The South Jersey Port Corp. last week sold $25.8 million of debt aided by radio and print advertisements for a sister bond deal as retail buyers held back on the bonds.
Proceeds will help support the development of a new port in Paulsboro in southwestern New Jersey. Port activity in the region is an economic stimulus for the area and the state each year allocates roughly $7 million to the SJPC to help maintain its debt service reserve fund. Repayment of the Series 2009O bonds will rely on corporation revenues as well as annual state appropriations.
"Purchasers of the Series 2009 bonds should assume that the net revenues of the corporation will not be sufficient to pay the principal or mandatory sinking fund payments and interest on the Series 2009 bonds as they become due," according to the preliminary official statement. "And that the source of payment for the Series 2009 bonds will be funds provided by the state by appropriation to restore the balance in the debt reserve fund to its required level."
Of the $25.8 million, retail sales account for less than 10% of the transaction, said Lawrence Bashe, managing director at Raymond James & Associates Inc., the book-runner on the deal. At the last minute, marketing of the bonds turned towards institutional investors rather than the retail market. The bonds sold in one day, without a retail-order period, and included $5.2 million of debt subject to the alternative minimum tax.
"So fortunately, we were nimble enough to shift gears a little bit so a little less than 10% of the deal went retail," Bashe said. "The retail market backed off and these days you have to be nimble because this market changes dramatically in the space of a day or two."
Bashe said the SJPC bonds benefitted from advertising on a $175 million New Jersey Economic Development Authority school construction bond deal that held its retail-order pricing on Tuesday. As the school bonds are state contract debt, the state Treasury Department ran print and radio ads to help the deal sell. Those ads focused on the NJEDA sale, but Bashe said the SJPC bonds gained from the marketing campaign as well.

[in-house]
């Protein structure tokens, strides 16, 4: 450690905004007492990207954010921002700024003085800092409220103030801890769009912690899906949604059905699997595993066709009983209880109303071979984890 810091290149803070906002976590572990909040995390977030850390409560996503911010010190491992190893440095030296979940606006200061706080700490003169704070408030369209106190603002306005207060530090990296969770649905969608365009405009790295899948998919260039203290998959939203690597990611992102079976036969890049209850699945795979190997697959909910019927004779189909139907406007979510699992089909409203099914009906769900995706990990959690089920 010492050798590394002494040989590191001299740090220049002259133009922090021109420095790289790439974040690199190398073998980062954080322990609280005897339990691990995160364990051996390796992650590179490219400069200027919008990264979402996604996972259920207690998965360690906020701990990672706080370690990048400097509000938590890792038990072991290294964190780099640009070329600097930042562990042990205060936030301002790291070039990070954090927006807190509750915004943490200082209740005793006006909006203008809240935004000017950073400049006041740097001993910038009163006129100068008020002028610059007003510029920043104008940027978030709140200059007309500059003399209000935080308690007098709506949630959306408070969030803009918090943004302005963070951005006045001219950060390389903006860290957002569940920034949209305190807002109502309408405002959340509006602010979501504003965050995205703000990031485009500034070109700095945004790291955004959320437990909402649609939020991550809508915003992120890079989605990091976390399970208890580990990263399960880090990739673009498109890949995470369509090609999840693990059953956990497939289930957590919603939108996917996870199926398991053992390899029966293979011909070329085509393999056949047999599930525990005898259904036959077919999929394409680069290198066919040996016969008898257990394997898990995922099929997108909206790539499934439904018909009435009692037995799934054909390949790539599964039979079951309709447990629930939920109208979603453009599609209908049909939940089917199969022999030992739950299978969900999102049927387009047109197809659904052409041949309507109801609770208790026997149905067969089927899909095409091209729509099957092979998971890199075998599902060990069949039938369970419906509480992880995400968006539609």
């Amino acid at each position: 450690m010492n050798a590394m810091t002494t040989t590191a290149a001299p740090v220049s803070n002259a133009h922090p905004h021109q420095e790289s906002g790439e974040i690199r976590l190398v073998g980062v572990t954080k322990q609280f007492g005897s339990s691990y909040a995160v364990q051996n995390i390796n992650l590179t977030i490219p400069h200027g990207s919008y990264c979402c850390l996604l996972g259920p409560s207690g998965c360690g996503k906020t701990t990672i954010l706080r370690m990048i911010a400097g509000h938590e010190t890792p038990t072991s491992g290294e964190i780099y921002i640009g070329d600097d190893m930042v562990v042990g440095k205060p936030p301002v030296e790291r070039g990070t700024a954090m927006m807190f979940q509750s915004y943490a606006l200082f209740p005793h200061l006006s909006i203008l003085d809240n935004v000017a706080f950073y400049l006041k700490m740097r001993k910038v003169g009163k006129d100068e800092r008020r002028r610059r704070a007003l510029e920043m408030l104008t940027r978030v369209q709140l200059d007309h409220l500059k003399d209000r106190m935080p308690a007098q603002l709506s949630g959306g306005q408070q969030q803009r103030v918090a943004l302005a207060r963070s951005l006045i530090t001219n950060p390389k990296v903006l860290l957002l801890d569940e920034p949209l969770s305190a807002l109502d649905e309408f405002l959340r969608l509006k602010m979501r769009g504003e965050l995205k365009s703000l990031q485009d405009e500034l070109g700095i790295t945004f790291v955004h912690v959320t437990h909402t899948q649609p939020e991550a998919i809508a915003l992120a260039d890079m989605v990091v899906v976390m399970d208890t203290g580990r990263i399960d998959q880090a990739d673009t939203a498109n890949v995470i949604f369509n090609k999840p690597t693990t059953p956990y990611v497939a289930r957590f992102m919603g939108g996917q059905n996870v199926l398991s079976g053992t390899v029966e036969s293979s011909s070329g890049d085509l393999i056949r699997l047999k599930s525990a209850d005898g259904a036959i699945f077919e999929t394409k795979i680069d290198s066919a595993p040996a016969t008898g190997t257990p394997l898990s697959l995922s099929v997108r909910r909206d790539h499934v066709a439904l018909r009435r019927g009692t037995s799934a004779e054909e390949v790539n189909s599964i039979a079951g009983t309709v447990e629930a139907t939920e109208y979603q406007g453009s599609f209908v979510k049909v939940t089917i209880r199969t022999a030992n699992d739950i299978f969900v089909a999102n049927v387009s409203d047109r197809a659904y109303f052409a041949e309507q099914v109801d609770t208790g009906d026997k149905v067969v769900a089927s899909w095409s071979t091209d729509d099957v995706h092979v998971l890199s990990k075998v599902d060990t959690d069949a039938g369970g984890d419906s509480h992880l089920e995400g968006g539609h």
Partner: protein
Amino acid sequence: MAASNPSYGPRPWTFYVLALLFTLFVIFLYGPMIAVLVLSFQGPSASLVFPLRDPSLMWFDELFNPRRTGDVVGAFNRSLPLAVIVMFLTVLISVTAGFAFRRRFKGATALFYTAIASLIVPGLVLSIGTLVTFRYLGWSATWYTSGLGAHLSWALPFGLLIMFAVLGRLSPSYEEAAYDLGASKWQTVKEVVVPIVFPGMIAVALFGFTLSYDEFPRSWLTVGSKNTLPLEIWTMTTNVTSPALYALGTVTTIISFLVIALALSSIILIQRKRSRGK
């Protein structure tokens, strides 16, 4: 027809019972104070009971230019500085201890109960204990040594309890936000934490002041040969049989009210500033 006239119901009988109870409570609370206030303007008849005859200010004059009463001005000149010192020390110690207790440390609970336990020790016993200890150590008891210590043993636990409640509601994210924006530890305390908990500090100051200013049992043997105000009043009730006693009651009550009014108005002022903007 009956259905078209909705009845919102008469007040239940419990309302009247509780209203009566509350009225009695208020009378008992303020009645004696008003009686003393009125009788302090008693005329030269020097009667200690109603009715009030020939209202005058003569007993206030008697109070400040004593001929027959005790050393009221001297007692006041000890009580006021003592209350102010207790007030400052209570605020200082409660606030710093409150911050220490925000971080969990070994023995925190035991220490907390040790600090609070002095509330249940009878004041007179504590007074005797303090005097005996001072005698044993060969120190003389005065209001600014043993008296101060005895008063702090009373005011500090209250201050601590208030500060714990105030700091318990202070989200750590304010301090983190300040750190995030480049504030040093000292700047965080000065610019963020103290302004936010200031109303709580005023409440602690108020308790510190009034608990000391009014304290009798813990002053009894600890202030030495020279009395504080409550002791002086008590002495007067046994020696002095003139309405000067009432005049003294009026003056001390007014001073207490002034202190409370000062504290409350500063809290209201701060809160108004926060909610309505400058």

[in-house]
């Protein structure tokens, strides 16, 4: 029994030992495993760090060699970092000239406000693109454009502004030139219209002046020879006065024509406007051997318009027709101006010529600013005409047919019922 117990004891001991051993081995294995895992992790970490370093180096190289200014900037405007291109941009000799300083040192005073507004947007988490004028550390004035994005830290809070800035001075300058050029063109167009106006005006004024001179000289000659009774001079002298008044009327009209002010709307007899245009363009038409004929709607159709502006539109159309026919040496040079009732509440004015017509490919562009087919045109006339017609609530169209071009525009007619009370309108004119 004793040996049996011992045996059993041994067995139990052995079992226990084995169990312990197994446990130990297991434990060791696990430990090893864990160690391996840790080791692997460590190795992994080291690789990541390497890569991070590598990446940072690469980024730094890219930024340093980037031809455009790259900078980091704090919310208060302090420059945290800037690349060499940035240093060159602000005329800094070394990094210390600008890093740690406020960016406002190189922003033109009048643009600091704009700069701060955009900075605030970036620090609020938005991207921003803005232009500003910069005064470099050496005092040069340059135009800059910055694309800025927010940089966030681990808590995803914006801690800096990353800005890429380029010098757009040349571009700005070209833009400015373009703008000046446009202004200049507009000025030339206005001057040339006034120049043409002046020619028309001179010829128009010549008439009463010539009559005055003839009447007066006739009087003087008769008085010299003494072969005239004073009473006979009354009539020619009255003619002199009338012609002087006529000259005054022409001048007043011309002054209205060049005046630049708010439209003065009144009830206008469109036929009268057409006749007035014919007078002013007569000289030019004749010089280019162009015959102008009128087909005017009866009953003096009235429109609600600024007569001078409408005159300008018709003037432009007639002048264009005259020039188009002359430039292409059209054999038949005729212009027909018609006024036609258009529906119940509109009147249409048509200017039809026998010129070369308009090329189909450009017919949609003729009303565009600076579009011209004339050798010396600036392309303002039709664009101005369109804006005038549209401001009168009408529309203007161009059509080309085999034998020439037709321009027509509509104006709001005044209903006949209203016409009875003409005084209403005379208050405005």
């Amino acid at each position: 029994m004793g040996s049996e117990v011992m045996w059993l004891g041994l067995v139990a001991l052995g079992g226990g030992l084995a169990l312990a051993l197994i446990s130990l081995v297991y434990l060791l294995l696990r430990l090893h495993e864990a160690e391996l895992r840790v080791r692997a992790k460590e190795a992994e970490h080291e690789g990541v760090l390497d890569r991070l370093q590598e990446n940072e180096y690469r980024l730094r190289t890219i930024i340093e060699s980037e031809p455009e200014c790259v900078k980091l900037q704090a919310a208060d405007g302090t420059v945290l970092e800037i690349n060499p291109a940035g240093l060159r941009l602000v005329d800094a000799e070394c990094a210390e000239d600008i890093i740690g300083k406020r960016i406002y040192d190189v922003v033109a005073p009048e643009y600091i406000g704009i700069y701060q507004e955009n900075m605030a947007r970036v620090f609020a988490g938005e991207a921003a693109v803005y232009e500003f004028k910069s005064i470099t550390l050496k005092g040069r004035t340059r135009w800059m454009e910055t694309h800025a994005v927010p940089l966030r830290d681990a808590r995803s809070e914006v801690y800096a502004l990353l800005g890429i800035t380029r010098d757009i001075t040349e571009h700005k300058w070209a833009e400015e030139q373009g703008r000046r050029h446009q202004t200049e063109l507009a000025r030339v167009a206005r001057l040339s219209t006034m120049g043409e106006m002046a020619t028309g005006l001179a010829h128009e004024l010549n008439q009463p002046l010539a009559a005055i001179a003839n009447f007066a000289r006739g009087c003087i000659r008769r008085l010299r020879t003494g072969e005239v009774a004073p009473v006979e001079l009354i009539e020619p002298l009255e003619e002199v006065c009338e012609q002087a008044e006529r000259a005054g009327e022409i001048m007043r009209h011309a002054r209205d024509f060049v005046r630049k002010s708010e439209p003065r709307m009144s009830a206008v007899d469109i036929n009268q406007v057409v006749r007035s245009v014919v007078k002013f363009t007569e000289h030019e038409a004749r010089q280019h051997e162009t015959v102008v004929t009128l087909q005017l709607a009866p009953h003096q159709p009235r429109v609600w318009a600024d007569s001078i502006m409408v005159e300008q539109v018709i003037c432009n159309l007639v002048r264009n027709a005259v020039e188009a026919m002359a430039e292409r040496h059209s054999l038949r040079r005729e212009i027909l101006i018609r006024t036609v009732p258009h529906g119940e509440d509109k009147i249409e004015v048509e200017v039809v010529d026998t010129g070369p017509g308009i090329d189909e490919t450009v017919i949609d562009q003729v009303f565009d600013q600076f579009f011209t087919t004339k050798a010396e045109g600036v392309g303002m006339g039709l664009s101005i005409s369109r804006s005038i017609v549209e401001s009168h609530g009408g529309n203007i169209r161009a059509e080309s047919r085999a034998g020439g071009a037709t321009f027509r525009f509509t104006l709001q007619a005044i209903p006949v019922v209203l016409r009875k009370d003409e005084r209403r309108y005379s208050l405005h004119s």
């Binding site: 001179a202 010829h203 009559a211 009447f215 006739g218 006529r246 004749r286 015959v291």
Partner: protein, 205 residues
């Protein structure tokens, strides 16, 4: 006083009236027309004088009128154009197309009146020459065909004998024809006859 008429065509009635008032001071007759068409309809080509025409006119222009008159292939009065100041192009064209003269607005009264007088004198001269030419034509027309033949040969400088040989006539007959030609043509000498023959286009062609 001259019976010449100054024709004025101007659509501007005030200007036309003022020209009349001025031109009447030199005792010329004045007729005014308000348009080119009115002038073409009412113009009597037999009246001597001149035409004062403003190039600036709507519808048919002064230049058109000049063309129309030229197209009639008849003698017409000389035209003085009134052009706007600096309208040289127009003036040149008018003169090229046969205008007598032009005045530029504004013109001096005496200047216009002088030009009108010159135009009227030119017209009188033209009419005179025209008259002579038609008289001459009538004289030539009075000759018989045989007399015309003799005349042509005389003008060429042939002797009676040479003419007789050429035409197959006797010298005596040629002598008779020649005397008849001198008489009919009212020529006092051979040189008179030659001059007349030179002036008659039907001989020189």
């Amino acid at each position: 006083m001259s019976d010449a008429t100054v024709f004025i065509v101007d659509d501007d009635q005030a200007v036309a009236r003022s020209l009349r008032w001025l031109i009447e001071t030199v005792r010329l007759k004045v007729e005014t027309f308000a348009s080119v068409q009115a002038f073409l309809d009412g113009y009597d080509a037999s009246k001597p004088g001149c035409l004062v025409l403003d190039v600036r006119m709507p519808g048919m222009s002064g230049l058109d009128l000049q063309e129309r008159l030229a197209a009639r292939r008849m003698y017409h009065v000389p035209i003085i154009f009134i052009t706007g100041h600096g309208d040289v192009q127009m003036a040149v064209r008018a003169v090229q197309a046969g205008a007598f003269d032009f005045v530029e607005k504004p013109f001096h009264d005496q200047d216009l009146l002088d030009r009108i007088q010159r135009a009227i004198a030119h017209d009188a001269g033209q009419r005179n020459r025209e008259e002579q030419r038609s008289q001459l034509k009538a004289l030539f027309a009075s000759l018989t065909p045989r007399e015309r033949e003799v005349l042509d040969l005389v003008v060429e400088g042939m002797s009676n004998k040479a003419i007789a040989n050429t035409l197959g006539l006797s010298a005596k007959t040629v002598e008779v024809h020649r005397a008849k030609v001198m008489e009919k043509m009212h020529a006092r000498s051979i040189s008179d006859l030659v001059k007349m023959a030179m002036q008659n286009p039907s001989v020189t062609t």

"It just generates demand for New Jersey paper," he said. "In New Jersey, we have a lot of retail investors who need tax advantage and anything that raises their level of interest is going to help even if it wasn't our deal that was advertised."
Banc of America Securities LLC priced the NJEDA tax-exempt school bonds, with retail investors buying 25%, according to Tom Vincz, spokesman for the Treasury Department. Institutional investors in the port corporation deal include bank trusts, investment advisers, and money managers, Bashe said.
"We were successful with some of those types of investors who are outside the state of New Jersey, but with New Jersey clients," he said. "This is an area we've had to go to as some of the more traditional institutional investors are not active in the market."
Assured Guaranty Corp. insures the bonds. Since 1972, New Jersey each year has allocated funds to the SJPC to support its debt service reserve fund under a 1968 statute. Since 2004, the amount has ranged from $6.4 million to $7.4 million, according to the POS. Standard & Poor's and Moody's Investors Service rate the bonds A and A1, respectively.
New Jersey has more than $32 billion of outstanding debt, with 8% of its budget paying for debt service. In addition, the state is facing a $2.1 billion deficit in the fiscal 2009 budget. In November, voters approved a constitutional amendment to require bond referendums for all state-backed, non-revenue debt. Since the 1968 statute pre-dates that constitutional amendment, the SJPC will continue to receive yearly state aid, the Treasury Department said.
"The state has made a big commitment to [SJPC] activities and part of this was financing the preliminary work for a major expansion of a port," Bashe said. "So there's no question when we got a chance to explain it, that [investors] understood that it's a big commitment on the part of the state."